Computer Aided Dispatch (CAD) is a method of dispatching transit vehicles assisted by computer. The CAD feature gives the operator a quick awareness of what is happening on the street and the ability to take timely action to avoid service disruptions. In addition, CAD systems provide scheduling, assignment and event information. It allows dispatchers to quickly look up driver schedules, send text messages to drivers, and track the roadworthy status of every vehicle. CAD system electronically tracks and stores events ranging from schedule and route deviations, to excessive speeding or idling, accidents and driver emergencies.
The AVL systems installed in the vehicle sends the location of the vehicle and the vehicle is displayed on the computer. Some CAD systems fully utilize the capabilities of AVL systems. In these systems, in addition to the services provided by normal CAD systems, they also report the difficulties in making turns by the vehicles.
Disruption Identification and Restoration of Service
All the data generated by CAD/AVL systems are huge and consumes lot of dispatchers’ time to manage real-time bus operations. Transit Operations Decision Support Systems (TODSS) developed a tool to support dispatchers during real-time transit operations in response to incidents, special events, adverse weather conditions, etc. AVL systems text messages, schedule adherence messages, system health messages, and mechanical alarms are examples of event message types used as sources of information for incident notification purposes. The identification of service disruptions is based upon the set of rules that takes into consideration the time of day, service level, and service (e.g. weekday, Saturday, Sunday) applied to the sources of information. Service levels such as Arterial, Feeder, Express, Circulator, or Planned Special will dictate their unique threshold settings.
AVL systems sends text messages to the Service Disruption Identification decision engine and once the message is analyzed and associated with a known operational scenario, the appropriate strategy is selected from the rules based responses. Both the disruption and the response are sent to the TODSS user interface. The user interface includes an area for manual entering of external sources of information directly into TODSS based on information such as severe weather conditions or traffic congestion. The bottom of the user interface contains links to references, CAD functions, and other information sources that are automatically setup for dispatchers to trace the status and impacts of the disruption notification.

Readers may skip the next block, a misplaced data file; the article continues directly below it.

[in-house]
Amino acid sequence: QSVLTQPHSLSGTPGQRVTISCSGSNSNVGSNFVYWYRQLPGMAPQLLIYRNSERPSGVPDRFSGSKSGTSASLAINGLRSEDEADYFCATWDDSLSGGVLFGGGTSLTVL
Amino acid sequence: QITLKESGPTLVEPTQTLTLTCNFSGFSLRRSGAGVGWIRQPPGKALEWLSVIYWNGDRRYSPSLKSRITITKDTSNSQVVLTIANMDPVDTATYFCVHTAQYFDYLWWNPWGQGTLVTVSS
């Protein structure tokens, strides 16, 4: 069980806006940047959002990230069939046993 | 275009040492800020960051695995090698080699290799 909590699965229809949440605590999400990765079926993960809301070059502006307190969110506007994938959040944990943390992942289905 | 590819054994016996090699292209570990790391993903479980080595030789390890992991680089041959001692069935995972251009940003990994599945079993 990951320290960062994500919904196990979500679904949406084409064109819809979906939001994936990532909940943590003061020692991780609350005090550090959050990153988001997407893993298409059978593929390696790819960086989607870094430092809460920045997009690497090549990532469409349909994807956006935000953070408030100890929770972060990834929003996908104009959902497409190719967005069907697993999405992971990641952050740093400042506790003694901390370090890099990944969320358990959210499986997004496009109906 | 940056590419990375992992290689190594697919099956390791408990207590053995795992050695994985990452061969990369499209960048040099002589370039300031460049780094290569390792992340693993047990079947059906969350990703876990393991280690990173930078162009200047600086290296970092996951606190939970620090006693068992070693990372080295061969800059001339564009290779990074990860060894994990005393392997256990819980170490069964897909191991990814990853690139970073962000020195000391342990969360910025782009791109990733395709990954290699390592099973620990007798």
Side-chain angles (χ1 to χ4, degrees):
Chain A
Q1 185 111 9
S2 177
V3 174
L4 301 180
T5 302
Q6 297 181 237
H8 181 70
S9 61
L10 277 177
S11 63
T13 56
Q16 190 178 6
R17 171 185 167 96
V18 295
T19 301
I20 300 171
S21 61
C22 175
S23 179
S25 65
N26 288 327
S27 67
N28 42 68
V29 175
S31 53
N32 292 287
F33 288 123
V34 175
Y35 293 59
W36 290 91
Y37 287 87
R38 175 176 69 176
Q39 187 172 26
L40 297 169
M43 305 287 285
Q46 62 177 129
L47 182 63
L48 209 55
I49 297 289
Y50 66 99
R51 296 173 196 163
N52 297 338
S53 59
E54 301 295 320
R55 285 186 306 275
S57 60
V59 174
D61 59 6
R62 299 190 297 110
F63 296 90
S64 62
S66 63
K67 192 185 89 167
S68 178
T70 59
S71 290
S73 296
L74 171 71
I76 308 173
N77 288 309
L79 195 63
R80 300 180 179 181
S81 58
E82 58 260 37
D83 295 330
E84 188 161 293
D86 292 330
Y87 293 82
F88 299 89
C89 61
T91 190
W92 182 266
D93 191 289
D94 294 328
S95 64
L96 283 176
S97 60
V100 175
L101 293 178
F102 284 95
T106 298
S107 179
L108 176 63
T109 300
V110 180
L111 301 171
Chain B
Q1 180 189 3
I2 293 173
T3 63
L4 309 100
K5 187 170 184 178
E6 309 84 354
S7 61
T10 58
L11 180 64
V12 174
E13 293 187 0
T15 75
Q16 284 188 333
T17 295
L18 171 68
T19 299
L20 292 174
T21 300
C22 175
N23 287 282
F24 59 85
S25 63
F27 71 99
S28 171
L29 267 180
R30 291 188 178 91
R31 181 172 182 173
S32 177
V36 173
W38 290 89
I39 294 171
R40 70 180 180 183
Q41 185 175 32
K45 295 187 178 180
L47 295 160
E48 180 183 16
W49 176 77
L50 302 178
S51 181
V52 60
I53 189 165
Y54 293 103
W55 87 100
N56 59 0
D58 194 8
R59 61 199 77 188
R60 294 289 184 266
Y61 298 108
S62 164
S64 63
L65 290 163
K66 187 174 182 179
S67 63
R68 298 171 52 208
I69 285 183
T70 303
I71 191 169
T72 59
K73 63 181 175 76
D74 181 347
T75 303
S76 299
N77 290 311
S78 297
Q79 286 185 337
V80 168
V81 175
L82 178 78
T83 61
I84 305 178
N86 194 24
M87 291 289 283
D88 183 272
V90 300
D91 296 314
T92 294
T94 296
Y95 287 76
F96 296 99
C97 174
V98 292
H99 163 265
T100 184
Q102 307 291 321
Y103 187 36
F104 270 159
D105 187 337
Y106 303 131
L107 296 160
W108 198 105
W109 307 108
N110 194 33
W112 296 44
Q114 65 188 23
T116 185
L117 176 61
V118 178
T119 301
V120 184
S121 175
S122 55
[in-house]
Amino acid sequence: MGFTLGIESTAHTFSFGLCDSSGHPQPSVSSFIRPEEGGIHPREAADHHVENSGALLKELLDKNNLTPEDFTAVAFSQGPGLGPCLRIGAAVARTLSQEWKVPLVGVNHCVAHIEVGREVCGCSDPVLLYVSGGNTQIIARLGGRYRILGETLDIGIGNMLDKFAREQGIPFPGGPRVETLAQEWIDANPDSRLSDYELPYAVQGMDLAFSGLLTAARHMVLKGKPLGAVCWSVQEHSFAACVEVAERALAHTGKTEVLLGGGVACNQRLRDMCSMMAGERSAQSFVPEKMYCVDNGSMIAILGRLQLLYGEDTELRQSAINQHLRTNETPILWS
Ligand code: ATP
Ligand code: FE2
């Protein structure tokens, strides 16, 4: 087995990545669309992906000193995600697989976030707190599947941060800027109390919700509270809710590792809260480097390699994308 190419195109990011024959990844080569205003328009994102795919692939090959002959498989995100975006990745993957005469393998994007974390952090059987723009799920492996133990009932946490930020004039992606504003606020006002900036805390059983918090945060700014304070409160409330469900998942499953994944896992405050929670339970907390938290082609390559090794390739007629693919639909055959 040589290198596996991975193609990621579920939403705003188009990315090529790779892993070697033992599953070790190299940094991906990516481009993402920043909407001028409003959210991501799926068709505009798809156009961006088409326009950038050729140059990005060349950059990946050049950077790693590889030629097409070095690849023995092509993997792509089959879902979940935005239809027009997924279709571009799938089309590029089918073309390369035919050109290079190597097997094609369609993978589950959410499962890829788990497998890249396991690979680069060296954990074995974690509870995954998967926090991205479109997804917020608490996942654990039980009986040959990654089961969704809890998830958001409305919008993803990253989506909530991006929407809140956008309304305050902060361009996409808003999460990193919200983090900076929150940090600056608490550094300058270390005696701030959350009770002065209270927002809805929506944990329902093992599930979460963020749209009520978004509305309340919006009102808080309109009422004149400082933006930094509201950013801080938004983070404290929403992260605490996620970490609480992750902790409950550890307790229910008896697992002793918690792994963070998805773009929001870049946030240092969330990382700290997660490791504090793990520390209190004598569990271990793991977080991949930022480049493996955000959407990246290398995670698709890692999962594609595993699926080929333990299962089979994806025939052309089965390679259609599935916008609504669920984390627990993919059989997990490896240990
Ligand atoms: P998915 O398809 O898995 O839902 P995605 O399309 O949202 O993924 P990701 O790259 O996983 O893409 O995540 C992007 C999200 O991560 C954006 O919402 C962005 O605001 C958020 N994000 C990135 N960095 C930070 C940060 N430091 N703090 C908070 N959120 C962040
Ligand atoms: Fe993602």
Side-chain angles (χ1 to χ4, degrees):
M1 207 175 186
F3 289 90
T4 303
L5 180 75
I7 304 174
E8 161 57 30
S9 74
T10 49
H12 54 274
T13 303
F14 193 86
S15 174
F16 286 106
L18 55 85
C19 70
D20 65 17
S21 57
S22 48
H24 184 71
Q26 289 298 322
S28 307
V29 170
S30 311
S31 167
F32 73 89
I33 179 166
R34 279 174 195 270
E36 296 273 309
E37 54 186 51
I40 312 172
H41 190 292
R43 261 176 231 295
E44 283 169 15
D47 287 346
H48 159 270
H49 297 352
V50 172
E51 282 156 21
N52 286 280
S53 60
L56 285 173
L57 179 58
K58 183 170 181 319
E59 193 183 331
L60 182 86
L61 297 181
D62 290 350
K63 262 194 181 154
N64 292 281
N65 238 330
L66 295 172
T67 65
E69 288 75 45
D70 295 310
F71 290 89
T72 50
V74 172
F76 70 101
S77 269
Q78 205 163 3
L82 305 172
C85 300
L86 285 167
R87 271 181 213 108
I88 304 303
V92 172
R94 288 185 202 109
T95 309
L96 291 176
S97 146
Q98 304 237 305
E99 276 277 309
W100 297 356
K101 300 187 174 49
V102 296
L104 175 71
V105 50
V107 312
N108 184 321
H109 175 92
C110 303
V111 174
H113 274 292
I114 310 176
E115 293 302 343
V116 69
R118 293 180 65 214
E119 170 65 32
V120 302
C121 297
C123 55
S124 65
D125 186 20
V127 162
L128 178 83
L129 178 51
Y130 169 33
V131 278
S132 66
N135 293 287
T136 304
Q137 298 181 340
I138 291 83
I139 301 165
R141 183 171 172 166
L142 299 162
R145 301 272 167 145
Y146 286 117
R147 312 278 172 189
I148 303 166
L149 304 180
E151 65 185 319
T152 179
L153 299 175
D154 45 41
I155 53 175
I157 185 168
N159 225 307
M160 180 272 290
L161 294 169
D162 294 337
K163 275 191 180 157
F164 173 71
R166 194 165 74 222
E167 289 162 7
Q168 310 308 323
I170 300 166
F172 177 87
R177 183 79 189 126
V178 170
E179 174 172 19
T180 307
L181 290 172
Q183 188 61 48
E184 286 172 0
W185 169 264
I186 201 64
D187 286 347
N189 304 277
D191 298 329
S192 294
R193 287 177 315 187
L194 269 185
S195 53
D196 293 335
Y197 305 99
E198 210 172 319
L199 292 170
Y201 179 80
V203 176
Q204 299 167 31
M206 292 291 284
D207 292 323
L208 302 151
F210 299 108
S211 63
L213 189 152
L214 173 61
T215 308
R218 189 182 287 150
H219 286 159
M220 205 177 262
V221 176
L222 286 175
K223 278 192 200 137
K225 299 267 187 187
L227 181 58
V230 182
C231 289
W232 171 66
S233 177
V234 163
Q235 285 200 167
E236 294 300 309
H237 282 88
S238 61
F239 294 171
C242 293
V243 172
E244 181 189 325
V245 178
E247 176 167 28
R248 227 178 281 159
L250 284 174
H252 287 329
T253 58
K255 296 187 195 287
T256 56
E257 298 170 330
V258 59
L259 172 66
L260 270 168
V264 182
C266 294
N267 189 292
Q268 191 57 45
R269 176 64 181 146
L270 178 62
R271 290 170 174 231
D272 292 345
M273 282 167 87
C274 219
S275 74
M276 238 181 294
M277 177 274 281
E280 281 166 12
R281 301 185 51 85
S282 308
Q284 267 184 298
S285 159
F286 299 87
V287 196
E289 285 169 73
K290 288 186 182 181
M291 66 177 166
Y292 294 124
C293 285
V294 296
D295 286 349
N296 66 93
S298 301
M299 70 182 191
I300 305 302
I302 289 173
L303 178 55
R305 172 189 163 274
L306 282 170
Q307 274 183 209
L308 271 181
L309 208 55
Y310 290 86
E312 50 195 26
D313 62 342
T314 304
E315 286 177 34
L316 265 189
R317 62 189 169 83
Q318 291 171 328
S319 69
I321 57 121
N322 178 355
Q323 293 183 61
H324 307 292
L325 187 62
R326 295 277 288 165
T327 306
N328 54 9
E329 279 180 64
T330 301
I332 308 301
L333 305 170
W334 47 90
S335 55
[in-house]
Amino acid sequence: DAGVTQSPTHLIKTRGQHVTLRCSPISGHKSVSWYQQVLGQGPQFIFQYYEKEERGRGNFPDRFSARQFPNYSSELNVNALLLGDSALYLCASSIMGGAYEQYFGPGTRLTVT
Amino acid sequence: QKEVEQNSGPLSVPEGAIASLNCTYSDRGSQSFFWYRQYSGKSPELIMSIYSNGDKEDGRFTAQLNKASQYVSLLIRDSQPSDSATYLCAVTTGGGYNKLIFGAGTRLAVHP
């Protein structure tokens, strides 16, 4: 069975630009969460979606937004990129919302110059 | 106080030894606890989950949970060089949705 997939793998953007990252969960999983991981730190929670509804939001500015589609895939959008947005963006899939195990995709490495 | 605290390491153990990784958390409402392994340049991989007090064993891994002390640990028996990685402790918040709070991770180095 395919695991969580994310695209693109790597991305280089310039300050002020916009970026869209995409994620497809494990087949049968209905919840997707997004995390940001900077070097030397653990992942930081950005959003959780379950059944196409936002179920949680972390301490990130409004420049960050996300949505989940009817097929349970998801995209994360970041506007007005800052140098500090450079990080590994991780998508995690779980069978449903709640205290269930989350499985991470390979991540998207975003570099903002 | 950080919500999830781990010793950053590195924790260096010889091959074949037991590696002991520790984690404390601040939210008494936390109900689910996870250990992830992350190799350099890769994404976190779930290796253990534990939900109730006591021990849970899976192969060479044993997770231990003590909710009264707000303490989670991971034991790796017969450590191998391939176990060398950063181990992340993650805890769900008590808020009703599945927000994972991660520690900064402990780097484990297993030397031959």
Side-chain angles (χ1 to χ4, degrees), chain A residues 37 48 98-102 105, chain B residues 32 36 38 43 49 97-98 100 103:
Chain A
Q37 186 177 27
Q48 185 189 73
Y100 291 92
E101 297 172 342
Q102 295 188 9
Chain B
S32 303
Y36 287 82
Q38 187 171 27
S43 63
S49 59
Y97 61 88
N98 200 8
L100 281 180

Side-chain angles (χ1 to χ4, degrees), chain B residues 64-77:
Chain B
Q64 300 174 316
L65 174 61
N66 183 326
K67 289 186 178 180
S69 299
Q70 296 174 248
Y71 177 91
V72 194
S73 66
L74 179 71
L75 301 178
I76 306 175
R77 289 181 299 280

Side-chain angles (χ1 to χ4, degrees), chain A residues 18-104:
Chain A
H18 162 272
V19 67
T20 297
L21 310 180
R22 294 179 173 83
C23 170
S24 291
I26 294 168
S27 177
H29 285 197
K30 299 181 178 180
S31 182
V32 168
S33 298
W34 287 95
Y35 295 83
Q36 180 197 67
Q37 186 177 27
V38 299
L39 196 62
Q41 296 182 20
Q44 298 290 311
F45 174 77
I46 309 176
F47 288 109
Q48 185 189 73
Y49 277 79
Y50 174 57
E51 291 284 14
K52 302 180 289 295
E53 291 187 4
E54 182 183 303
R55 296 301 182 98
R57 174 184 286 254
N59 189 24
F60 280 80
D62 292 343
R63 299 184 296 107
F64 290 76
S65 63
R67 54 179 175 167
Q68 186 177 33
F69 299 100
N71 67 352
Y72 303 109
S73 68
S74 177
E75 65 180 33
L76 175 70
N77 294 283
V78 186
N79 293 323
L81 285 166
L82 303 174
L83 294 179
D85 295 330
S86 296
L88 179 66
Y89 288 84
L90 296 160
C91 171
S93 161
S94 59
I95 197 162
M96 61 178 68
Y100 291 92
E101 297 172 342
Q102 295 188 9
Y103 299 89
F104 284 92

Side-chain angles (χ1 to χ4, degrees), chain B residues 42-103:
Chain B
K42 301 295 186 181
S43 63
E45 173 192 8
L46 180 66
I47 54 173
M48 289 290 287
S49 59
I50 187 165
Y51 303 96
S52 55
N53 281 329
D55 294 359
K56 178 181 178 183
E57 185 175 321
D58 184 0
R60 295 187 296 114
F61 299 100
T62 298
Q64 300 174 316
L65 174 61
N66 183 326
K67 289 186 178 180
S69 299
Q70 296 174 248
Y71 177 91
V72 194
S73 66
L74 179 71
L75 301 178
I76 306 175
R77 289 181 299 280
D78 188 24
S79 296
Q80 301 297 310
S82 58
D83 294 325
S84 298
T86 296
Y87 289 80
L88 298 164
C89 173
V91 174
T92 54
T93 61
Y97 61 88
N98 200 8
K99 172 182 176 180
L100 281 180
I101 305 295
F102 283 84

The successful implementation of these systems improves service performance and real time operations.
Many public transportation trips require multiple transfers which may be between different modes, such as buses, subways, and commuter rails, and are often across multiple agencies. Any segments of a trip can be delayed and passengers wishing to transfer may miss their connection. Travelers are often uncertain about whether they will actually miss the planned connection due to lack of information and means of spontaneous communications. The proposed application will allow travelers to initiate a connection protection request using personal mobile devices, or through drivers using onboard mobile devices, and receive a confirmation based on a set of criteria, indicating whether the request is accepted. Travelers attempting to submit a request may be en-route (moving). The connection protection system improves the reliability of the transit agency.
Flexible Transport Services
Public transportation services have traditionally been designed to serve concentrated travel patterns that allow for large numbers of people to be conveyed along established routes following set schedules. Flexible Transport Services (FTS) can be categorized based on route deviation, point deviation, demand-responsive connector, request stops, flexible-route segments, zone route, etc.
Transit agencies operate FTS based on the request of the passengers. The passengers can inform the bus operator while boarding the vehicle of their final destination. The bus operator takes a route to deliver the passenger to their final location. However some transit agencies operate the bus on the fixed routes but deviates the path to serve the demand responsive requests of the passengers.
Operational issues connected to flexible services include allocating schedule time between fixed-schedule and demand-responsive operation, reservations, scheduling, and dispatch for demand-responsive operation, contracting, driver selection and training, and vehicle selection.
Transit agencies operate flexible services to provide cost-effective coverage to spread-out, low density areas, serve low-demand time periods, balance customer access and routing effectiveness, reduce or eliminate the expense of separate paratransit for people with disabilities, lay the groundwork for future fixed route transit and respond to community preferences and geography.